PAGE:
Rev. Mr. Bedford; going afterwards to Tiverton School. In March 1712–13 he was entered at Exeter College, Oxford, where he took his degrees of B.A. and M.A. in due course. In 1719 he was ordained deacon, and in 1720 priest. In 1722 he was presented to the living of Ludgvan, near Penzance, and he now seems to have first paid particular attention to the natural history of his native county, and to the præhistoric antiquities of the hundred of Penwith. He was an acute observer and a careful draughtsman, and his observations, albeit sometimes of a too fanciful character (especially when he approaches the subject of the Druids), are often interesting and original. In 1724 he married Anne Smith, daughter of the rector of Illogan and Camborne. In 1730, when on a visit to Bath for the benefit of his health, he became acquainted with Pope, Ralph Allen, and other persons of eminence and ability; and his correspondence with them, and other distinguished persons whose acquaintance he afterwards made, continued during Borlase's life, and is preserved, in more than forty volumes, in the library of Castle Horneck, Penzance. A list of them is given in Courtney and Boase (Bibl. Cornub., i. 3415). In 1732 his brother, the Rev. Walter Borlase, LL.D., vice-warden of the Stannaries of Cornwall, died; and thereupon Borlase added the vicarage of St. Just, about twelve miles distant, to his other benefice. Notwithstanding his active researches in natural history and antiquities, William Borlase seems to have paid close attention to his clerical duties, which he is said to have performed with 'the most rigid punctuality and exemplary dignity' (Chalmers). In the summers of 1744 and 1746 Borlase came into conflict with John Wesley, whom, in his capacity of magistrate, he summoned before the justices. In 1748 he went to Exeter, to be present at the ordination of his eldest son, and whilst here made the acquaintance of Dean Lyttelton (afterwards bishop of Carlisle). This acquaintanceship seems to have led to the publication of the results of Borlase's labours, for in the following year appeared his essay on 'Spar and Sparry Productions, called Cornish Diamonds,' in the 'Philosophical Transactions.' This at once procured his election in 1760 as a fellow of the Royal Society. His contributions to the 'Philosophical Transactions' (nineteen in all) are catalogued in the 'Biographia Britannica,' ii. 426.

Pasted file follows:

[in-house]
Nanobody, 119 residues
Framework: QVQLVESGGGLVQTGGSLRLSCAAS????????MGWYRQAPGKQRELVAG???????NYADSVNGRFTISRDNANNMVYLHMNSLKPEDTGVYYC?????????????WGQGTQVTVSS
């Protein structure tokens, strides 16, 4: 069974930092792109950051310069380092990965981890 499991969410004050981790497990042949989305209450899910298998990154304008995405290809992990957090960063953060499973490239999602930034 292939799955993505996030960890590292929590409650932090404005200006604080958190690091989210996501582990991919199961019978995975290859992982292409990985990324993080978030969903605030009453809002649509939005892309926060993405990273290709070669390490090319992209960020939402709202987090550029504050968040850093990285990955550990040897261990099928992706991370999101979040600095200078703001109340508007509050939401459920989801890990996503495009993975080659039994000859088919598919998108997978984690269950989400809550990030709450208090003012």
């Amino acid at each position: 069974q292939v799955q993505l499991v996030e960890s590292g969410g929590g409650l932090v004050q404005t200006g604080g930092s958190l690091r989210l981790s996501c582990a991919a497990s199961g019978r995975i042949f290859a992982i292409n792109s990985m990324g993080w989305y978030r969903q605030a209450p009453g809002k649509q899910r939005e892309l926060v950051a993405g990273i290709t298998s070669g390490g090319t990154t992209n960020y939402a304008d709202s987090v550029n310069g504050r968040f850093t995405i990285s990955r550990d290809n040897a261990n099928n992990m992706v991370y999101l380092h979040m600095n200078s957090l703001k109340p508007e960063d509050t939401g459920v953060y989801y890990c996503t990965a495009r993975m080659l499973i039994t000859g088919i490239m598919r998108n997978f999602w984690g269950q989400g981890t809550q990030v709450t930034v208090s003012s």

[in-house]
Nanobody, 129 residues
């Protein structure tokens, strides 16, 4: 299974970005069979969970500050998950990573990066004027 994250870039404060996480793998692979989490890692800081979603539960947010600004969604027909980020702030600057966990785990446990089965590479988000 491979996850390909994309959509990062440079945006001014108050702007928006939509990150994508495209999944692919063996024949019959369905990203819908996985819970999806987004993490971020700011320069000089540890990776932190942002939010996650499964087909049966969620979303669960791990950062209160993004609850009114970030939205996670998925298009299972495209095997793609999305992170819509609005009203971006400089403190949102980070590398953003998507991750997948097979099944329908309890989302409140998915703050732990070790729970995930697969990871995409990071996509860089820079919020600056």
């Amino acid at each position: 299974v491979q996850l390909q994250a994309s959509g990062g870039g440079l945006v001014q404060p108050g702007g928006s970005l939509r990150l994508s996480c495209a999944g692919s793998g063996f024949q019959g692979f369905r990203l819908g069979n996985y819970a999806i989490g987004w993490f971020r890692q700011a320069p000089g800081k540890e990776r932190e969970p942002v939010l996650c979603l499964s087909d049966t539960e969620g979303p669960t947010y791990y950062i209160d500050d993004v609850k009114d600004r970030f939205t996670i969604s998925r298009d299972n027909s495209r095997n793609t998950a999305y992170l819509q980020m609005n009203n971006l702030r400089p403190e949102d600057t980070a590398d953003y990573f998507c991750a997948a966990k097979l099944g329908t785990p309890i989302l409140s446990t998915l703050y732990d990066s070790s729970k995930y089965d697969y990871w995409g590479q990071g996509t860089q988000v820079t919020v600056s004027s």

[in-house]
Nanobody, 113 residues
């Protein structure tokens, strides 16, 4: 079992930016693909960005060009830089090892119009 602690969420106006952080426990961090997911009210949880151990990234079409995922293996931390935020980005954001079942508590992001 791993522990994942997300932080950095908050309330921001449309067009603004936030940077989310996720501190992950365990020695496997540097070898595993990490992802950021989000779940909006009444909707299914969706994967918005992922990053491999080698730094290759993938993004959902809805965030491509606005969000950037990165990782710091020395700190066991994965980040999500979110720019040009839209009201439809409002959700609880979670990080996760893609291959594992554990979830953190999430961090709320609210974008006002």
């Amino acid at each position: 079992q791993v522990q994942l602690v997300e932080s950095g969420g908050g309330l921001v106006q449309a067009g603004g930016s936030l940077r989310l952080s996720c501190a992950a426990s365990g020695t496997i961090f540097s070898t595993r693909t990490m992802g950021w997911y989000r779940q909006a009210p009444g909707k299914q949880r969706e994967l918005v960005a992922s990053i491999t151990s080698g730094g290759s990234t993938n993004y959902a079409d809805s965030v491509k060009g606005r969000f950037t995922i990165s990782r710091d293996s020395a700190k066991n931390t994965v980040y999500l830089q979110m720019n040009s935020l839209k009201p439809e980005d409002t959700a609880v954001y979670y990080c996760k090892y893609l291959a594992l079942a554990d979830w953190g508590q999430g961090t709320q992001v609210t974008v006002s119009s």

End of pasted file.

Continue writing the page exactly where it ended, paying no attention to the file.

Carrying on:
In 1753 he went to Oxford in order to bring out his 'Cornish Antiquities,' which was published in the following year. A second edition followed in 1769. In 1766 his account of the Scilly Islands appeared. It was an enlargement of one of his papers in the 'Philosophical Transactions,' and the work elicited from Dr. Johnson, in the 'Literary Review,' the criticism that 'this is one of the most pleasing and elegant pieces of local inquiry that our country has produced.' In 1767 Borlase revisited Oxford, this time with a view to bringing out his 'Natural History which appeared in 1758, illustrated, like the 'Antiquities,' with numerous plates after his own drawings. Some supplemental emendations of this work were printed in the 'Journal of the Royal Institution of Cornwall' for 1864 et seq. Shortly after 1758 he presented to the Ashmolean Museum the whole of his collections. A manuscript list of them, with some original letters, is in the Museum (W. H. Black's Catalogue of Ashmolean MSS.) In acknowledgment of this gift, and in recognition of his distinguished services to literature and archæology, the university conferred upon him by diploma, on 23 March 1766, the degree of doctor of laws. Although Borlase was now seventy years of age, he continued his literary pursuits, writing his 'Sacræ Exercitationes' (chiefly paraphrases of Ecclesiastes, the Canticles, and the Lamentations). He took deep interest in gardening, and in the formation and improvement of the public roads in his neighbourhood. He now also worked at a 'Parochial History of Cornwall,' never published. His latest literary work consisted of some speculations on the 'Creation and the Deluge,' but this, too, was not printed (although actually sent to the press), in consequence of Borlase's last illness. On 31 Aug. 1772 he died at Ludgvan, of which parish he had for fifty-two years been rector, in the seventy-seventh year of his age.
He left six sons, only two of whom survived him: the Rev. John Borlase, and the Rev. George Borlase, casuistical professor and registrar of the university of Cambridge.
[Nichols's Literary Anecdotes, iii. 78, 680, v. 291–303; Nichols's Illustrations, iv. 227, 445, 460, 468 ; Gent. Mag. Ixxiii. part ii. 1114–17; Literary Magazine for May 1766; Tregellas's Cornish Worthies.]
BOROUGH, CHRISTOPHER (fl. 1579–1587), son of Stephen Borough [q. v.], was the chronicler of one of the most interesting journeys into Persia recorded in the pages of Hakluyt. This trading venture of the Muscovy Company left Gravesend on 19 June 1579 in charge of Arthur Edwards and others, with Borough as Russian interpreter. The fleet having arrived at St. Nicholas in the White Sea on 22 July, they